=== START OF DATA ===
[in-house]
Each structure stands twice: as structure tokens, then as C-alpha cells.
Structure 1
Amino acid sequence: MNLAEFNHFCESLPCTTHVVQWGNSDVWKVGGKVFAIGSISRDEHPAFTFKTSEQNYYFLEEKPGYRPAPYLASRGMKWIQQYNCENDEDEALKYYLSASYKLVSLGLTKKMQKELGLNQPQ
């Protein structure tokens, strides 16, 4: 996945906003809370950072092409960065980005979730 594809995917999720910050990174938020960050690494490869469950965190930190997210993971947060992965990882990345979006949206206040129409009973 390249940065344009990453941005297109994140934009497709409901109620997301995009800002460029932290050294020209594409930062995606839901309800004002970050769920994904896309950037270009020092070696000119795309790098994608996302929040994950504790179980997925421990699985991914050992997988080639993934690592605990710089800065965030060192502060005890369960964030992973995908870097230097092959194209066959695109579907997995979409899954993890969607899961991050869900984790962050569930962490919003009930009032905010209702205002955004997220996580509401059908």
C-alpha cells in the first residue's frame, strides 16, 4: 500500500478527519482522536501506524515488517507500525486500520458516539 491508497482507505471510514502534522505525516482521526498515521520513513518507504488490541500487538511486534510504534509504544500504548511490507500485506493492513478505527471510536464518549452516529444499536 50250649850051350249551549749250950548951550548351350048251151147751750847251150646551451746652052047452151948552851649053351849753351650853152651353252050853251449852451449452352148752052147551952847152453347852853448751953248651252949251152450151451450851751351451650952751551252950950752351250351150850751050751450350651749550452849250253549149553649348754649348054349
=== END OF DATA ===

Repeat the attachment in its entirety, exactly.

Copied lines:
[in-house]
Each structure stands twice: as structure tokens, then as C-alpha cells.
Structure 1
Amino acid sequence: MNLAEFNHFCESLPCTTHVVQWGNSDVWKVGGKVFAIGSISRDEHPAFTFKTSEQNYYFLEEKPGYRPAPYLASRGMKWIQQYNCENDEDEALKYYLSASYKLVSLGLTKKMQKELGLNQPQ
């Protein structure tokens, strides 16, 4: 996945906003809370950072092409960065980005979730 594809995917999720910050990174938020960050690494490869469950965190930190997210993971947060992965990882990345979006949206206040129409009973 390249940065344009990453941005297109994140934009497709409901109620997301995009800002460029932290050294020209594409930062995606839901309800004002970050769920994904896309950037270009020092070696000119795309790098994608996302929040994950504790179980997925421990699985991914050992997988080639993934690592605990710089800065965030060192502060005890369960964030992973995908870097230097092959194209066959695109579907997995979409899954993890969607899961991050869900984790962050569930962490919003009930009032905010209702205002955004997220996580509401059908």
C-alpha cells in the first residue's frame, strides 16, 4: 500500500478527519482522536501506524515488517507500525486500520458516539 491508497482507505471510514502534522505525516482521526498515521520513513518507504488490541500487538511486534510504534509504544500504548511490507500485506493492513478505527471510536464518549452516529444499536 50250649850051350249551549749250950548951550548351350048251151147751750847251150646551451746652052047452151948552851649053351849753351650853152651353252050853251449852451449452352148752052147551952847152453347852853448751953248651252949251152450151451450851751351451650952751551252950950752351250351150850751050751450350651749550452849250253549149553649348754649348054349